constitutionalism of the Warren Court and preceded the conservative ideology of the Rehnquist Court. Maltz demonstrates, however, that under Burger
the Court's ideological transition was far from immediate and certainly not regular or universal in process. Maltz contends that in many areas of constitutional
law the Burger Court produced the most liberal jurisprudence in history—even more liberal than that of its predecessor.
Earl M. Maltz is Distinguished Professor, Rutgers University School of Law. His many books include "Dred Scott and the Politics of Slavery"; "Fugitive Slave on Trial: The Anthony Burns Case and Abolitionist Outrage"; "Civil Rights, The Constitution, and Congress"; and "Slavery and the Supreme Court, 1825 1861", all published by Kansas.
Made of sturdy canvas with comfortable royal blue straps, and sporting our lovely arches logo, it's the perfect thing to carry all of your history books or other items in!
Enjoy this pack of 8 notecards -- four different historic images of the lovely Chamber Courthouse in Pasadena!
Western Legal History contains stimulating and reflective articles, interviews, and book reviews focused on the history of law in the American West and the Pacific Islands. Prominent authors in history, law, political science, and other fields explore and illuminate the role that the law has played in the West, from precontact times to today. Published twice yearly. Subscriptions are a benefit of membership in the NJCHS. ISSN 0896-2189 NJCHS Members receive a 20% discount on our books.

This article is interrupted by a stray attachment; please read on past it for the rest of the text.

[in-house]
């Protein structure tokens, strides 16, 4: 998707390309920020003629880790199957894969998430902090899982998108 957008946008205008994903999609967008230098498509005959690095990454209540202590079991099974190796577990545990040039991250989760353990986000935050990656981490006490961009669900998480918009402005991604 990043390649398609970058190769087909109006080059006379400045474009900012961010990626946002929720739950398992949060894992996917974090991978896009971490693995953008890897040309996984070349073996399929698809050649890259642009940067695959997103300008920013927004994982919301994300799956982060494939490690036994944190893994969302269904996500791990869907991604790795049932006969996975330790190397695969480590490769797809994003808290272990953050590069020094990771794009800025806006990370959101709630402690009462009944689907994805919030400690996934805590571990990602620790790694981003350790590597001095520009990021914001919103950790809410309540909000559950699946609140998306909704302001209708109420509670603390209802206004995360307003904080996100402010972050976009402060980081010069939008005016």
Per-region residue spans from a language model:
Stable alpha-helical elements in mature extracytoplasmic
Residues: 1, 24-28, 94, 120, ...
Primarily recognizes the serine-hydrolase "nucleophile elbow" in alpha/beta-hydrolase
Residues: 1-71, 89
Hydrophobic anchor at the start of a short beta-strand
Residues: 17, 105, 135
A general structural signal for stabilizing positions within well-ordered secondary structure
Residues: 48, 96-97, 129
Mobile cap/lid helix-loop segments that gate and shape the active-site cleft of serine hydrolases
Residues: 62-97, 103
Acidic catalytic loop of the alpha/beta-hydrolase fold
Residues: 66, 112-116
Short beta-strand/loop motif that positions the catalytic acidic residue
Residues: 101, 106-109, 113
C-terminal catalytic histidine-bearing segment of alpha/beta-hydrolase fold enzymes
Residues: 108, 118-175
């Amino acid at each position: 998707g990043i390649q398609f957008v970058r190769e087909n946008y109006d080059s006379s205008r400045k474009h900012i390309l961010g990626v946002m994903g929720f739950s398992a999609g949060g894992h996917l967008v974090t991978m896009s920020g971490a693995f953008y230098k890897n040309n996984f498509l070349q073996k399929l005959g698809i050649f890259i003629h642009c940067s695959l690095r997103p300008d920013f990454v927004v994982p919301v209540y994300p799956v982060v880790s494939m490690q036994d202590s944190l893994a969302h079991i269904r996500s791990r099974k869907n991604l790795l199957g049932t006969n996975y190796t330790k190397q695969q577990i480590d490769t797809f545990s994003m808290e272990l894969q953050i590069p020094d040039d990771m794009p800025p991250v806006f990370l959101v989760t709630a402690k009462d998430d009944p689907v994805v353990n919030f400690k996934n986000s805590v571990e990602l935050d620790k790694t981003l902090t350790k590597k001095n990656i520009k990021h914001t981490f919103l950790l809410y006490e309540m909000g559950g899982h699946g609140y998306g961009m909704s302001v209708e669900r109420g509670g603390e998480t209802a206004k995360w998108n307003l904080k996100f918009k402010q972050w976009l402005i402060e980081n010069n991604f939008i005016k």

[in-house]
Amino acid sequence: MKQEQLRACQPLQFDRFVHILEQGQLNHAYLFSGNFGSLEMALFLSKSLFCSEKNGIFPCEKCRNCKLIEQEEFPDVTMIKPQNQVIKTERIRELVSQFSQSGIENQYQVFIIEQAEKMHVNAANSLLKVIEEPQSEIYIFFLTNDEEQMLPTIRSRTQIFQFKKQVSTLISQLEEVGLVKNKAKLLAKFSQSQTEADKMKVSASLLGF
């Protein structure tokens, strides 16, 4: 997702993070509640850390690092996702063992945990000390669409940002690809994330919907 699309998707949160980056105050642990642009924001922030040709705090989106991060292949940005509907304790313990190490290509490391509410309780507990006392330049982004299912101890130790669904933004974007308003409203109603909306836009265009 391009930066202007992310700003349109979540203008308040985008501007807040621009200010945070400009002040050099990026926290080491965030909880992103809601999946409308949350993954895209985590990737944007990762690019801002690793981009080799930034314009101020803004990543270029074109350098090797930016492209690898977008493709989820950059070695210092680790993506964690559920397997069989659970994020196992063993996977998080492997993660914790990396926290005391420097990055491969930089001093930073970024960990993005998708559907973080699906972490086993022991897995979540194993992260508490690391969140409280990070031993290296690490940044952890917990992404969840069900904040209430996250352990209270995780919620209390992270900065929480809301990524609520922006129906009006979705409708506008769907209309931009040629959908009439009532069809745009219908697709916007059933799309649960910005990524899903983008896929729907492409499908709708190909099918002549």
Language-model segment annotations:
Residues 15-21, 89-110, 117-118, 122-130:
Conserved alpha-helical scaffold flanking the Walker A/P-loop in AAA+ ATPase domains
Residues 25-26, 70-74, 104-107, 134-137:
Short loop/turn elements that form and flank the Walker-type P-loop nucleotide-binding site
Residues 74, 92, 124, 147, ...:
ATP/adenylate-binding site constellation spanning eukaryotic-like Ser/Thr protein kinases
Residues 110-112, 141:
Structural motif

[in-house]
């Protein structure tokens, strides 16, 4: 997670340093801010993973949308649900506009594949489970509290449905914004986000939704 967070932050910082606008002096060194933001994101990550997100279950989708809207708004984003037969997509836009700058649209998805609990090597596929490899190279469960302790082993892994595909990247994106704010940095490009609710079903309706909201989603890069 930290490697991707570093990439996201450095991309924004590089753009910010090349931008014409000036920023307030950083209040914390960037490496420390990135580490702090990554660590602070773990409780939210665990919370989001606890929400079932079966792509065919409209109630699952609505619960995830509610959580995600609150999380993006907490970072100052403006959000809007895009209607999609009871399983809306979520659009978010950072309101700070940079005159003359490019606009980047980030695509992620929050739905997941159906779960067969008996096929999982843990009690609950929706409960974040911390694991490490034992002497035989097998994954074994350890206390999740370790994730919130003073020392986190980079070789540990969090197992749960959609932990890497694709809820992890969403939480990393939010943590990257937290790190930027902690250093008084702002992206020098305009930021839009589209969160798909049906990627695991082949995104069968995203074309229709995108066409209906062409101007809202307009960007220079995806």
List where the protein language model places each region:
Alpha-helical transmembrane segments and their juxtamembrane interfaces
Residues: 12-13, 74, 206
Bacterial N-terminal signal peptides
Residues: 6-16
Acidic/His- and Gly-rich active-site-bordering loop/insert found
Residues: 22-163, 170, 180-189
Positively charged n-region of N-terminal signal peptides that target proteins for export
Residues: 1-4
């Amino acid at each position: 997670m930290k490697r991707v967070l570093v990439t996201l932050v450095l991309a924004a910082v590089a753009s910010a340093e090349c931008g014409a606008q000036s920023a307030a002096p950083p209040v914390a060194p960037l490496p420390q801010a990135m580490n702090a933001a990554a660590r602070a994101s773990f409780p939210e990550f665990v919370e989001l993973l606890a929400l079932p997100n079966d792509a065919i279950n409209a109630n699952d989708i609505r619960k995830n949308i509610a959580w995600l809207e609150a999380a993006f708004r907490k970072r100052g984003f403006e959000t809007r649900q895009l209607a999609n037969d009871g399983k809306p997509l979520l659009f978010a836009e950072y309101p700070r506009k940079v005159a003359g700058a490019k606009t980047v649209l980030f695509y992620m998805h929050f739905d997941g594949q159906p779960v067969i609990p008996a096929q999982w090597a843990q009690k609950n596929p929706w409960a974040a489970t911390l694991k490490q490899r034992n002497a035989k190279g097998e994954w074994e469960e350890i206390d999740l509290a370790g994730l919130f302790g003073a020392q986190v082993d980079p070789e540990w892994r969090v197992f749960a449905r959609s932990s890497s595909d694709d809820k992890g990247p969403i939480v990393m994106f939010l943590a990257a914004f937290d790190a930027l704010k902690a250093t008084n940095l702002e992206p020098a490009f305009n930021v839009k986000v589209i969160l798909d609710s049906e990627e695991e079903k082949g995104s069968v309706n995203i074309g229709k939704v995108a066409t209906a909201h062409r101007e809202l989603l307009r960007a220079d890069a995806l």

Edited by Jane L. Scheiber & Harry N. Scheiber. This symposium issue presents three articles exploring the legal history of the former Pacific island territories of the United States and of other colonial powers. In addition to editing this symposium, the Scheibers have coauthored with Benjamin Jones a ground-breaking article on the treatment of Japanese-American citizens under the regime of martial law in Hawai'i during World War II. Judge Alfred T. Goodwin contributes an article exploring the continuing role of the Ninth Circuit's Pacific Islands Committee in the former Trust Territories in the Pacific. Jon M. Van Dyke provides an analysis of the history of the South Pacific Judicial Conference and its successor, the Pacific Judicial Conference, and the role their leaders have played in advancing the rule of law and judicial independence in the region. 243 pages, 6 x 9, trade paper. Vol. 22, Nos. 1 & 2 (2009)
This special issue contains ten original essays offering a broad overview of the past and present issues relating to the Bill of Rights in the western states and the Pacific islands. Essays explore Native American rights, the suppression of free speech, Latino civil rights activism, modern concepts of privacy, racial restrictions on housing, martial law in Hawaii during World War II, economic rights, and the concept of due process. Teachers learning guide included at no additional cost. 251 pages, 6 x 9, trade paper. Vol. 3, No. 2 (Summer/Fall 1990)
Edited by Peter L. Reich. This collection of essays explores various aspects of a fundamental issue in western legal history. Topics include historiographic trends, water and politics in northern New Mexico, the principle of equitable apportionment, the Pecos River Compact, and water rights in the Sacramento-San Joaquin Delta. Also included are book reviews and a bibliography. 135 pages, 6 x 9, trade paper. Vol. 9, No. 1 (Winter/Spring 1996)
Legal Research for Historians by David L. McFadden. From Western Legal History, Vol. 10, Nos. 1 & 2. This article explains the basic sources and techniques of legal research for historians and others not formally prepared to work with cases, statutes, and other legal materials.